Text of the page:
With COVID-19, The Gig Economy Faces Old Challenges In New Terrain

The gig economy is facing some ups and downs as COVID-19 takes hold in the U.S.

Workers for Uber and Lyft, particularly those who rely on the platforms as their sole source of income, have been greatly affected by COVID-19. Initially, Uber and Lyft halted their carpooling services to stop the spread of the virus, and shelter in place orders have further restricted ridesharing to essential travel only. With more people sticking to their home offices, demand has gone down for ridesharing companies, which has put many workers in serious financial situations. In fact, Uber reportedly recorded a drop in ride volume of up to 70 percent in the hardest hit cities in the U.S.

But while ridesharing is facing demand challenges, delivery is feeling the demand boom. Instacart, a San Francisco-based company, which allows users to get groceries from their favorite stores delivered to their doorstep, announced Monday that the company will be onboarding 300,000 new “full-service” shoppers in light of the increased demand due to social distancing orders. More than one sixth of those shoppers will be located in California. Uber may be preparing to double down on its delivery sector as well, according to TechCrunch, with CEO Khosrowshahi stating that the company may expand delivery into the health sector. Lyft has also reportedly expanded into medical supply and food delivery. Even so, issues surrounding exposure and protection of these workers, who are essential to the social distancing efforts of communities like San Francisco, are top of mind as well.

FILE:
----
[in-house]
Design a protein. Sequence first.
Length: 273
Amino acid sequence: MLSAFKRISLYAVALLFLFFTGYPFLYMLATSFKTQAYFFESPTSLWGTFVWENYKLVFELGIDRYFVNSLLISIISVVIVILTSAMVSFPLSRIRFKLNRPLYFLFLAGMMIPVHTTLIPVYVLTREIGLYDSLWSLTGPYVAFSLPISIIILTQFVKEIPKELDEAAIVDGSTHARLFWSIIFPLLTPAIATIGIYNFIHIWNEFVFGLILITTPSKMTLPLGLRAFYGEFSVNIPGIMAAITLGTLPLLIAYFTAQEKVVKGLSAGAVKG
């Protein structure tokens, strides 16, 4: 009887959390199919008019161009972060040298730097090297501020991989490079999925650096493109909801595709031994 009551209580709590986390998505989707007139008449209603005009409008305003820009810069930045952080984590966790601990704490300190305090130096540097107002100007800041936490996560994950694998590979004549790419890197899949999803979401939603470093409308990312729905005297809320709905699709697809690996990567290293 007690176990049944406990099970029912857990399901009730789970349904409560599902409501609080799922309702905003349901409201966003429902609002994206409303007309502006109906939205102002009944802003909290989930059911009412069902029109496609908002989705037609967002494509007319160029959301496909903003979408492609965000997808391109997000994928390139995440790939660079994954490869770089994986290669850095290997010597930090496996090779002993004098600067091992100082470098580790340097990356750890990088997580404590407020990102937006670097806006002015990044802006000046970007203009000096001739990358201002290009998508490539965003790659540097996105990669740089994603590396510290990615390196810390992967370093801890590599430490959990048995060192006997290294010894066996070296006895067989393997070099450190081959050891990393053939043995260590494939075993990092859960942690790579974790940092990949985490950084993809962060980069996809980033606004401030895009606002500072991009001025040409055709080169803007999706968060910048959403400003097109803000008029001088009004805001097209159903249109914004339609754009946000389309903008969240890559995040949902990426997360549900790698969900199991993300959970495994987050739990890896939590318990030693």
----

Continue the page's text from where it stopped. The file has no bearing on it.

The threat of the virus and economic instability for drivers and delivery workers come at a time where, arguably, gig economy workers have more protection than ever. Uber and Lyft recently lost a battle in a California district court to halt the implementation of AB-5—a controversial California gig worker protection bill that became law in early 2020. In recent weeks, the companies have experienced pressure from activists and lawmakers, including California senators, to implement policies that secure the incomes of gig workers, de-incentivize working while ill, and reduce risk of exposure. Uber, Instacart, and others recently implemented paid sick-leave policy for workers who test positive for COVID-19. Delivery companies like DoorDash and Postmates and others have also introduced “contactless delivery” to limit person to person contact. Additionally, despite its resistance to offering social protections for workers, Uber’s CEO requested that the federal government stimulus include protections for its workers affected by the virus. But coronavirus doesn’t just affect those drivers and delivery workers who are sick, thus it’s likely that pressures will continue as gig workers risk their health to maintain an income.

Either way, recent weeks have shed light on gaps in policy protecting the individuals who are proving to be vital to the health and well-being of our communities during this pandemic. We should all make sure that those gig workers putting themselves at risk for the rest of us in grocery stores, at restaurants, and even at our front doors are tipped well.

With COVID-19, The Gig Economy Faces Old Challenges In New Terrain